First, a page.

Recommendations for the Evaluation of Left Ventricular Diastolic Function by Echocardiography: An Update from the American Society of Echocardiography and the European Association of Cardiovascular Imaging





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General Principles for Echocardiographic Assessment of LV Diastolic Function


The application of the guidelines starts with taking note of the clinical data, heart rate, blood pressure, 2D and Doppler findings with respect to LV volumes/wall thickness, ejection fraction (EF), LA volume, presence and severity of mitral valve disease as well as the underlying rhythm. The guidelines are not necessarily applicable to children or in the perioperative setting. This is an important first step because there may be recommendations that are specific to the underlying pathology. Second, the quality of the Doppler signal as well as the limitations for each parameter should be carefully examined. If a Doppler signal is suboptimal, that signal should not be used in formulating conclusions about LV diastolic function ( Figures 2 and 3 ). Third, the presence of a single measurement that falls within the normal range for a given age group does not necessarily indicate normal diastolic function (see below). Given the several hemodynamic factors that affect each signal, some measurements may fall in the normal range despite the presence of diastolic dysfunction, and none of the indices should be used in isolation. Therefore, consistency between two or more of the indices should be relied upon in an individual patient. The echocardiographic indices of diastolic function should always be interpreted in a wider context that includes clinical status and the other 2D and other Doppler parameters. Although often overlooked in reporting, the underlying pathology shown by 2D and color Doppler is critical to reaching the correct conclusions about LV diastolic function. For example, the algorithm for estimation of LV filling pressures is less likely to be helpful in a patient with normal vital signs and normal 2D and Doppler findings.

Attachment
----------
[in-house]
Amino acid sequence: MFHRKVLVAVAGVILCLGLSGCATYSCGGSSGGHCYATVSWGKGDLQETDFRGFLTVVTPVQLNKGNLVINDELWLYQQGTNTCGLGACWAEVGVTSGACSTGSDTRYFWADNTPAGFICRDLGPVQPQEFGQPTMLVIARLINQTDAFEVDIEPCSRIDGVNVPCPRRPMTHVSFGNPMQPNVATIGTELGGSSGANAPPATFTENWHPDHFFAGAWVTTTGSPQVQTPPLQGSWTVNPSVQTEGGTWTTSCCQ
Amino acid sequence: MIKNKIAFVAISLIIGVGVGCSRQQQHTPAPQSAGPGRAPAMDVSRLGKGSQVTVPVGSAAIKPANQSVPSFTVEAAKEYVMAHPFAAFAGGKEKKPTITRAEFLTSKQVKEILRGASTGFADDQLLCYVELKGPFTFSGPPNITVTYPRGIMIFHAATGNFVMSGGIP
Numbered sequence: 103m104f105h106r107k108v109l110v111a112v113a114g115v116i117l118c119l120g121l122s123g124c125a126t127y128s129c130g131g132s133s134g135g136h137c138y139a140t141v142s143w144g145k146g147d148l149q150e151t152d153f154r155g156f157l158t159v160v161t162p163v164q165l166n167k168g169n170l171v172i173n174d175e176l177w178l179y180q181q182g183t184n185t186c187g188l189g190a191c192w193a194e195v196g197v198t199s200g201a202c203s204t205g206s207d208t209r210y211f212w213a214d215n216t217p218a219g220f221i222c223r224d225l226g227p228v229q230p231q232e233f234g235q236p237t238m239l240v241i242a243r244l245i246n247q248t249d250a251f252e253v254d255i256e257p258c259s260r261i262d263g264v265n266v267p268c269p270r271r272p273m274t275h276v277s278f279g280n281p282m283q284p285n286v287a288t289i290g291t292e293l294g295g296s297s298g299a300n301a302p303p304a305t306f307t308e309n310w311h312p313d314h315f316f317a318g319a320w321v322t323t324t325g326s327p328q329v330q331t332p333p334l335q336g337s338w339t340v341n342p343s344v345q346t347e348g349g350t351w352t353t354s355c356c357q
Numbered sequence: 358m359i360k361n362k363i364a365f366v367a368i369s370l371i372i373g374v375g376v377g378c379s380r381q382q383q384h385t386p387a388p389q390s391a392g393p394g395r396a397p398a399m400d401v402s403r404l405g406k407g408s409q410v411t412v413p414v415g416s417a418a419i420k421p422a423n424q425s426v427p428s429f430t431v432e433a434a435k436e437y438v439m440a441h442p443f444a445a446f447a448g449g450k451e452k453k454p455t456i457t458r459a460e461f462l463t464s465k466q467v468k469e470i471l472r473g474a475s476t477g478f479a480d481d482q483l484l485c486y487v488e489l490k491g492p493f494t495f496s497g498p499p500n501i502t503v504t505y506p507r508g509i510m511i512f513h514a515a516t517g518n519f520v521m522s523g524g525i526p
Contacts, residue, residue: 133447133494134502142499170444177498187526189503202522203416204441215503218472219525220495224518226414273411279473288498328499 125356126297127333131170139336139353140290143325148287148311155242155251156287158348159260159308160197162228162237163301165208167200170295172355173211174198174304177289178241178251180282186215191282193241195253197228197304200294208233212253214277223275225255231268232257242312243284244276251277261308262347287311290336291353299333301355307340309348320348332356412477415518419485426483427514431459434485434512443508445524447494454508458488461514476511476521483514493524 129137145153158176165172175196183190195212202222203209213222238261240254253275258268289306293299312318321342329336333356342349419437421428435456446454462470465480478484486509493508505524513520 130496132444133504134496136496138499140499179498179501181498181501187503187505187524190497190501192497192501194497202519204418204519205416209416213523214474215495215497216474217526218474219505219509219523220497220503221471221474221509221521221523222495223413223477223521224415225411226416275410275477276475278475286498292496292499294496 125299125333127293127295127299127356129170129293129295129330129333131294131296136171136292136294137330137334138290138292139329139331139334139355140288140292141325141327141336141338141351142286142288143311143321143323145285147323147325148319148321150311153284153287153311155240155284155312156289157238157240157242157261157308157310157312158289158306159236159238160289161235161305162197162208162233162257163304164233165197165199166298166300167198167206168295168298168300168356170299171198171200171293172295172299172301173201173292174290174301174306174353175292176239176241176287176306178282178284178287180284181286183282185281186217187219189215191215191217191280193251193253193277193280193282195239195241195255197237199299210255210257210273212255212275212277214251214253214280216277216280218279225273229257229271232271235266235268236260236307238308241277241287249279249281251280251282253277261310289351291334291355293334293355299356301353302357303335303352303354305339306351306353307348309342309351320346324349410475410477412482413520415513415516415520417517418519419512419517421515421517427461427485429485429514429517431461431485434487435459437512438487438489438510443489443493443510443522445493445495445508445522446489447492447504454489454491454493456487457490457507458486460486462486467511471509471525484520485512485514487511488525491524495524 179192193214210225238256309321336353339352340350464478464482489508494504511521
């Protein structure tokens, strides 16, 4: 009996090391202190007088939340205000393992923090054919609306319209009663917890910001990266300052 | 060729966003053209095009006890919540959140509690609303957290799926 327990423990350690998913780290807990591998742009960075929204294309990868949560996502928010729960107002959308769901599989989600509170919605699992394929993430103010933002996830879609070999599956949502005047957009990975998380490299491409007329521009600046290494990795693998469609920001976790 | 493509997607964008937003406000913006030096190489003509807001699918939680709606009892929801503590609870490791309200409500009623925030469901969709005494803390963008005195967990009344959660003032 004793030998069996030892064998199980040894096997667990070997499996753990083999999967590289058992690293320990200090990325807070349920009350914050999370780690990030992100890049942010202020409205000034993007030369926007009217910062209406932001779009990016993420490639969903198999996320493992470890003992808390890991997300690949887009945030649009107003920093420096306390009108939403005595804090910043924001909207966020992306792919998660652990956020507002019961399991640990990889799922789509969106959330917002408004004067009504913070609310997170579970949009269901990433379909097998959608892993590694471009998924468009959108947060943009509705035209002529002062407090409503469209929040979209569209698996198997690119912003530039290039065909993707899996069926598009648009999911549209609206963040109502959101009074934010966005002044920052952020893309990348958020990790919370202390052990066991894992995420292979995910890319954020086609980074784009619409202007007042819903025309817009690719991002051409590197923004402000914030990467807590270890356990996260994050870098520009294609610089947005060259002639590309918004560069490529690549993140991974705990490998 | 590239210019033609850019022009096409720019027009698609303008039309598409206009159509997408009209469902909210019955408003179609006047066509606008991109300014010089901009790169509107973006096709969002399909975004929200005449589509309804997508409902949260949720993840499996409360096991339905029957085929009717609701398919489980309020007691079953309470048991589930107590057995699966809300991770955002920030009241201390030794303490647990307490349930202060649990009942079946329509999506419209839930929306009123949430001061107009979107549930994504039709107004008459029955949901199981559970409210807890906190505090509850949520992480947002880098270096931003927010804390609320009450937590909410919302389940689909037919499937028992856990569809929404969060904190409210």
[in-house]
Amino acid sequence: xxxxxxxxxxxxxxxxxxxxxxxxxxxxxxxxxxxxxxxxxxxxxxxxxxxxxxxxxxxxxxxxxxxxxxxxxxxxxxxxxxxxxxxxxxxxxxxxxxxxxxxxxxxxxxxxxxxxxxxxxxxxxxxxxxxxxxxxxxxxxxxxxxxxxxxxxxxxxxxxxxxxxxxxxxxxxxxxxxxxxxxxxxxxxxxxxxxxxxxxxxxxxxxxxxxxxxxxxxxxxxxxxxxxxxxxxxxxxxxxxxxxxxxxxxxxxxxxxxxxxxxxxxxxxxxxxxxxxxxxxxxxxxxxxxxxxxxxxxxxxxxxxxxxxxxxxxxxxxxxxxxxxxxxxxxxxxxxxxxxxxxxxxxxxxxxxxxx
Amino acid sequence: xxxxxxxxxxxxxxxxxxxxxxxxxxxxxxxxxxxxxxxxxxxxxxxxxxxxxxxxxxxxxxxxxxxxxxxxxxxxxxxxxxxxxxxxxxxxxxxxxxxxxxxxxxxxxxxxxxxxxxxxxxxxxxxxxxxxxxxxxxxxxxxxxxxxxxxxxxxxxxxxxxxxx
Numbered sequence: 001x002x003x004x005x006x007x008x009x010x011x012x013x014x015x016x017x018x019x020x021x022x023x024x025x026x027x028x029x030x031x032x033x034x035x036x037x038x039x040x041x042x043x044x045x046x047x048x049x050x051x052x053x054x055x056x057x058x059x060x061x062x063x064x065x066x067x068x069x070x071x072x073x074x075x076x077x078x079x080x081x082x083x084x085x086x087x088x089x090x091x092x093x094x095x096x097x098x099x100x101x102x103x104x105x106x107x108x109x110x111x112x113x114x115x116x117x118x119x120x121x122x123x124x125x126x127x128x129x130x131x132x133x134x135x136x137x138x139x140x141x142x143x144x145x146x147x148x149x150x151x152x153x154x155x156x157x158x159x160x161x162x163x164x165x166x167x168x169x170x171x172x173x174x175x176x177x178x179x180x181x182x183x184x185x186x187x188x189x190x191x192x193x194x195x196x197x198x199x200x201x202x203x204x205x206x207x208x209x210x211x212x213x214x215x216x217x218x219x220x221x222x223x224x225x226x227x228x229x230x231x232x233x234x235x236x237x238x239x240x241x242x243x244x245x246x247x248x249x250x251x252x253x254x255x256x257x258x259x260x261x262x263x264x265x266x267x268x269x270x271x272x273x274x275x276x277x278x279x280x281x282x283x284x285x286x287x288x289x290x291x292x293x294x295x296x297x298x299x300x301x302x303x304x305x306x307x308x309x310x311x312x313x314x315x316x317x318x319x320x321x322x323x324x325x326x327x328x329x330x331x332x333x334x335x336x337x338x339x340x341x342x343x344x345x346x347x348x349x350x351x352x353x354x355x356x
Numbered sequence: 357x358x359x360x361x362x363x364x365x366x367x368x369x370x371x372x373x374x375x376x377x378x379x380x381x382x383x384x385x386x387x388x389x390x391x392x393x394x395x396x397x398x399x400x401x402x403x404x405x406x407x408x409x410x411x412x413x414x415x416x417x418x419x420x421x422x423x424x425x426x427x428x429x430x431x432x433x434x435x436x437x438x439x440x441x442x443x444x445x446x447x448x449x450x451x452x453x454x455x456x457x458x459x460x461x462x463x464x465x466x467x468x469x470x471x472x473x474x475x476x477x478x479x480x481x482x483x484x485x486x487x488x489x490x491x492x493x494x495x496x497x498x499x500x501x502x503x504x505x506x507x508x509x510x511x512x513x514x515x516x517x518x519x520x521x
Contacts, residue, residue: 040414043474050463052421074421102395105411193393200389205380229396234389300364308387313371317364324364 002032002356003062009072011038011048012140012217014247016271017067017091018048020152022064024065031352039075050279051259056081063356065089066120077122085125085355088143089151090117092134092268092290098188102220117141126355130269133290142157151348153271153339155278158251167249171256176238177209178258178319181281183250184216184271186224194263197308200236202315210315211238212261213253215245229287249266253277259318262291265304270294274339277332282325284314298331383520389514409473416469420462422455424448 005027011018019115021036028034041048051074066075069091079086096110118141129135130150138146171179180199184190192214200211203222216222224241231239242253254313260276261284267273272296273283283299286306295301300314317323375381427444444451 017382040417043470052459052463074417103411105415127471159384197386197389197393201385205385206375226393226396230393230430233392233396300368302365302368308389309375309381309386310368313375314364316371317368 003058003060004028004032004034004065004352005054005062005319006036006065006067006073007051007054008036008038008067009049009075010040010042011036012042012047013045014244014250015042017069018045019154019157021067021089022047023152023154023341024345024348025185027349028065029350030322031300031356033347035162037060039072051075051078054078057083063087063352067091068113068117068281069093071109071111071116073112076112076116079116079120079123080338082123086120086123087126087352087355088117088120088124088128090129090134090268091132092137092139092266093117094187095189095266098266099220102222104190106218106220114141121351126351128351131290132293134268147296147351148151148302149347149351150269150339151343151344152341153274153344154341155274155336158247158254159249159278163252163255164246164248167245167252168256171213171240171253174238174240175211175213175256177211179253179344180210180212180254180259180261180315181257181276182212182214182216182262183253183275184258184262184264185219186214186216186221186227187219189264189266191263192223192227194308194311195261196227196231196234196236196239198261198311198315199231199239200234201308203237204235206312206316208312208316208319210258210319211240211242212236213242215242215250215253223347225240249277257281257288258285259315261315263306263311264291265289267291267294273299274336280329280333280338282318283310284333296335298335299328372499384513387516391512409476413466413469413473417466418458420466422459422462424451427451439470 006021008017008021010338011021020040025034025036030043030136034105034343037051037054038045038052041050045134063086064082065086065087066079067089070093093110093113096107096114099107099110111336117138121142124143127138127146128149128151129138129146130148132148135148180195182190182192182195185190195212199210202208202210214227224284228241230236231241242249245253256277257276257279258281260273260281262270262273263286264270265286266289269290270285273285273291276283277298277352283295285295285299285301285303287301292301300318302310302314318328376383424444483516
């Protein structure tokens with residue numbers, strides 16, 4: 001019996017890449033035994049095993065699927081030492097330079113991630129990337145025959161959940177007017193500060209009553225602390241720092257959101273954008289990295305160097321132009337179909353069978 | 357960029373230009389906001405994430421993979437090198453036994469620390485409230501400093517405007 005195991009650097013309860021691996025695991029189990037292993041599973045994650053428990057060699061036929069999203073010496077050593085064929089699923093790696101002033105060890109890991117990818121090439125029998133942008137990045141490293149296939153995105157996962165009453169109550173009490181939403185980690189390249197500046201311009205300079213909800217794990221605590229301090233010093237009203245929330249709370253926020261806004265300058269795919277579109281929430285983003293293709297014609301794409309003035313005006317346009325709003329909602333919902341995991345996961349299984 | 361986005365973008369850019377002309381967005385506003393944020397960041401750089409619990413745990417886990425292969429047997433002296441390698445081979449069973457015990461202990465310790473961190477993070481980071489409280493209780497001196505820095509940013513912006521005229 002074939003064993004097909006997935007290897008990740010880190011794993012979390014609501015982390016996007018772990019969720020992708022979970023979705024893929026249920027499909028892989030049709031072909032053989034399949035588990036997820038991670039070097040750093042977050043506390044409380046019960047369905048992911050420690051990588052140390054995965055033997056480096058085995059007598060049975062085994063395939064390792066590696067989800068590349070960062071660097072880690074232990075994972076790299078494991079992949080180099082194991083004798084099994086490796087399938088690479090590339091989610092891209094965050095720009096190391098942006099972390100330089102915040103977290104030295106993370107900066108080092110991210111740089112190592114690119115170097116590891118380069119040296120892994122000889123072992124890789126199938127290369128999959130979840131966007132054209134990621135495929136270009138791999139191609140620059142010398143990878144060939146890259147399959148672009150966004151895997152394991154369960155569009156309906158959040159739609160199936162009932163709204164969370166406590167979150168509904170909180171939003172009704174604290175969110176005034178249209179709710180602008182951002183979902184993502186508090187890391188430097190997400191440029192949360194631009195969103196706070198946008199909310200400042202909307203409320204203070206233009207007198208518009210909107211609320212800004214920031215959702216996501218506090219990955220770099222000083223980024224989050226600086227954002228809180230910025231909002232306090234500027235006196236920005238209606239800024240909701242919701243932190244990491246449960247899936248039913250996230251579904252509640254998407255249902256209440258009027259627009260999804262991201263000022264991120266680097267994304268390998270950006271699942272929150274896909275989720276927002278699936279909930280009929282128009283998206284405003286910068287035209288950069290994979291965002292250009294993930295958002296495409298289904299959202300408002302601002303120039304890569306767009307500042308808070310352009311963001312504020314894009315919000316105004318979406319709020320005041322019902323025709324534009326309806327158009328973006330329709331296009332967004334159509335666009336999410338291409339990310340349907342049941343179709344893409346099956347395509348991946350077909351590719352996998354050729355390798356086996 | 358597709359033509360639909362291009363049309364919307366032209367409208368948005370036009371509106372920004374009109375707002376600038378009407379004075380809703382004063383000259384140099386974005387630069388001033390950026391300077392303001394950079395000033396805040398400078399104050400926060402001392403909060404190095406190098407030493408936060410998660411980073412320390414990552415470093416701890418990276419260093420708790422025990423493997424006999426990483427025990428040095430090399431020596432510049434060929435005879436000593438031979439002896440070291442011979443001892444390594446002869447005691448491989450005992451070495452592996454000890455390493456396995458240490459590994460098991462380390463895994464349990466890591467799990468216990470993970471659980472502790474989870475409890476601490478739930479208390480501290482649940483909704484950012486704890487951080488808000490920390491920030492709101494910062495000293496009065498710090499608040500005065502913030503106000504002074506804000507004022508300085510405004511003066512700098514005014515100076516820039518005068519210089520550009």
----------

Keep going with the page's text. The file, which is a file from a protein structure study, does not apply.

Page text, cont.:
Figure 2


Tissue Doppler recordings of septal mitral annular velocities. In (A) , Doppler settings and sample volume location are optimal, whereas in (B) the sample volume is placed in the ventricular septum (not annulus). Doppler setting are suboptimal in (C) with low gain and in (D) with high filter.



Figure 3


Tissue Doppler recordings of lateral mitral annular velocities. In (A) , Doppler sample volume is located in part in LV cavity. In (B) the sample volume is in basal segment of lateral wall, in (C) the location is partly outside the heart altogether, and in (D) it is located in the left atrium above the mitral annulus.